So, the first level of denigration lies in this comfort we have with taking the authority out of the mothers’ hands, treating her as if she could not discern for herself what is best for her child.

Then, the second level can be seen when you take a look at all the advice out there as a whole, and see that regardless of the specific issue at hand, the woman’s well-being is rarely mentioned as a valid point of consideration in parenting decisions. If a woman wants to sleep, and doesn’t need to do so for the sake of a medical or psychiatric condition, she may be perceived as selfish. If a woman wants to send her child to his room, rather than leave the one she’s in when he’s calling her names, she may be criticized as being too shaming or punitive. If a woman wants to have some peace and quiet for 20 minutes while her child watches a show on the iPad, and she doesn’t have some urgent domestic duty to attend to, she’s accused of harming her child for her own frivolity. I will say, fathers are also subjected to this finger wagging, but the majority of the messaging is geared toward mothers, and given our history, I believe women are more susceptible to believing that their wants or needs are not worthy of consideration.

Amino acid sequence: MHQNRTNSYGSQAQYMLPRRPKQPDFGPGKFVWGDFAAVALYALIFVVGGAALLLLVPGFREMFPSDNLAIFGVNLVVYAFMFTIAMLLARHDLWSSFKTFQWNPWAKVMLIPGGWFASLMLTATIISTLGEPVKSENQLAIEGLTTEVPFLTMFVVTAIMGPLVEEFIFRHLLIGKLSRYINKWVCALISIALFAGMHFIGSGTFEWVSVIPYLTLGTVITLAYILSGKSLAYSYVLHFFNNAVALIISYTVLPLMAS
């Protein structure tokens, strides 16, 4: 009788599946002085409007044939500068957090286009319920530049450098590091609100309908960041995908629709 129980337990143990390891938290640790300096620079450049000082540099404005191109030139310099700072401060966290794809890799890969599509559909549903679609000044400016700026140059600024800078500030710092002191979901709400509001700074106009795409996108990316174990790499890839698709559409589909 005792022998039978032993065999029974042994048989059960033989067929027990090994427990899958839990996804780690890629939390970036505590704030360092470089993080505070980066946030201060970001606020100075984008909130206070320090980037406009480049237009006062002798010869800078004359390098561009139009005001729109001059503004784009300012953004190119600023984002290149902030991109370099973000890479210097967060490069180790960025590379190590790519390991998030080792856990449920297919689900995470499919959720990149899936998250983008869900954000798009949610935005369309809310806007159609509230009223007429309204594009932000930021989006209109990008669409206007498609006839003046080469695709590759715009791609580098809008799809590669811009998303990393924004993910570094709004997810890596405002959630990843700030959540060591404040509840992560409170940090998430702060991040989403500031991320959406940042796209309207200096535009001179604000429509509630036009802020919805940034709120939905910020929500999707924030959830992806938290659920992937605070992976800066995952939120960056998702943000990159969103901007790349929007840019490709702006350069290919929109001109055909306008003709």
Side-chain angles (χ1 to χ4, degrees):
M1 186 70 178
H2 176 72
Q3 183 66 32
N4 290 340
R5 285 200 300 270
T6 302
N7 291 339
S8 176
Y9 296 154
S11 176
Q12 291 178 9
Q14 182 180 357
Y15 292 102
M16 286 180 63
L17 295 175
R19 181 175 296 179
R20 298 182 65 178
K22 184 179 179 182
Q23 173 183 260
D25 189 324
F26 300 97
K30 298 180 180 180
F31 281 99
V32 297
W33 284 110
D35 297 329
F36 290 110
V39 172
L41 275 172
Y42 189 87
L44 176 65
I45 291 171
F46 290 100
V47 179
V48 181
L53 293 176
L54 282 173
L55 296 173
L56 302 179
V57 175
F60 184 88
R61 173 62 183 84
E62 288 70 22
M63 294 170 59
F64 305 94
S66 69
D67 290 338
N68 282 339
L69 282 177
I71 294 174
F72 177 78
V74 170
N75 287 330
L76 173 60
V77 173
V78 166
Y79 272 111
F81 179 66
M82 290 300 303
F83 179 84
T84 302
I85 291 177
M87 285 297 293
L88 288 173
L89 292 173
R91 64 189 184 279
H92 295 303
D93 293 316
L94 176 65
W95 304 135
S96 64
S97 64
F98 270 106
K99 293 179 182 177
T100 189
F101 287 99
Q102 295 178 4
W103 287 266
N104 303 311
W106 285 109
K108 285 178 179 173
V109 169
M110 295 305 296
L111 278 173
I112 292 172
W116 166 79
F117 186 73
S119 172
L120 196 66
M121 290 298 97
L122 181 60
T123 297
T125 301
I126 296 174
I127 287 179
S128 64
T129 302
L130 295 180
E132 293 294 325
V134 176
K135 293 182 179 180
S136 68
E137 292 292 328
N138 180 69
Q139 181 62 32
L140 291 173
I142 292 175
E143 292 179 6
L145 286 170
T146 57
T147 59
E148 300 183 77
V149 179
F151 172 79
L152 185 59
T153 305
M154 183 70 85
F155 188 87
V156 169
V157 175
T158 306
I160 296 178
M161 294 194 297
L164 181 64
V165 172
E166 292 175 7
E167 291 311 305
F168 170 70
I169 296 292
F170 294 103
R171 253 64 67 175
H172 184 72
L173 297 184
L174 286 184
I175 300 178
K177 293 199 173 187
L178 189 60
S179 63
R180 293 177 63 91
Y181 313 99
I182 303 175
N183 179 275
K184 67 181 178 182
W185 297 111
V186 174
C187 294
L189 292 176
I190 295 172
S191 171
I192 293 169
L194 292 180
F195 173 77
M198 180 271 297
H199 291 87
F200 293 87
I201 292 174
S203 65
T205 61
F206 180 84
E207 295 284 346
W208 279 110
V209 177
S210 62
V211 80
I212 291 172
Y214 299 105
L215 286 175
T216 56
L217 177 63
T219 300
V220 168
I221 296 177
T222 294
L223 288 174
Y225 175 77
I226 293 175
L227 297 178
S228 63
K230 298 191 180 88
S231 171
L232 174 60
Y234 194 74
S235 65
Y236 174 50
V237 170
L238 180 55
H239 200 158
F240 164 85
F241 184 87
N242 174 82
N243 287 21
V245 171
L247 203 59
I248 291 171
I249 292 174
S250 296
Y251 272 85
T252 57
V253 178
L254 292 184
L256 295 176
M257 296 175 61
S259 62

I see this show up in women’s lives every day, as the women I work with agonize over the use of screens, and berate themselves for needing breaks. I see the manifestation of these masochistic expectations of ourselves in the most brilliant, liberated women, so I know it is pervasive.

TR: While you stayed largely focused on self-care in your screen time write up, your allusion to women’s rights got me thinking about gender discrimination. How do you see women’s own internalized gender discrimination playing out in the ways we mother?

JM: First of all, it’s very important to me that we not heap more shame on women through blaming them for internalizing gender discrimination. For the majority of our species history, and still in many places in the world, women’s physical safety and security depend on pleasing others. It is a very recent phenomenon that we may consider our own desires and needs, and feel safe to do so in the face of someone else’s negative judgment. I also believe our family structures are still largely based on women swallowing their needs in the service of others. So, because of these historical and present-moment issues, many of us are very prone to try to keep our needs small and tend to them without inconveniencing anyone else.

TR: What other factors from the current cultural climate do you see affecting mothers today?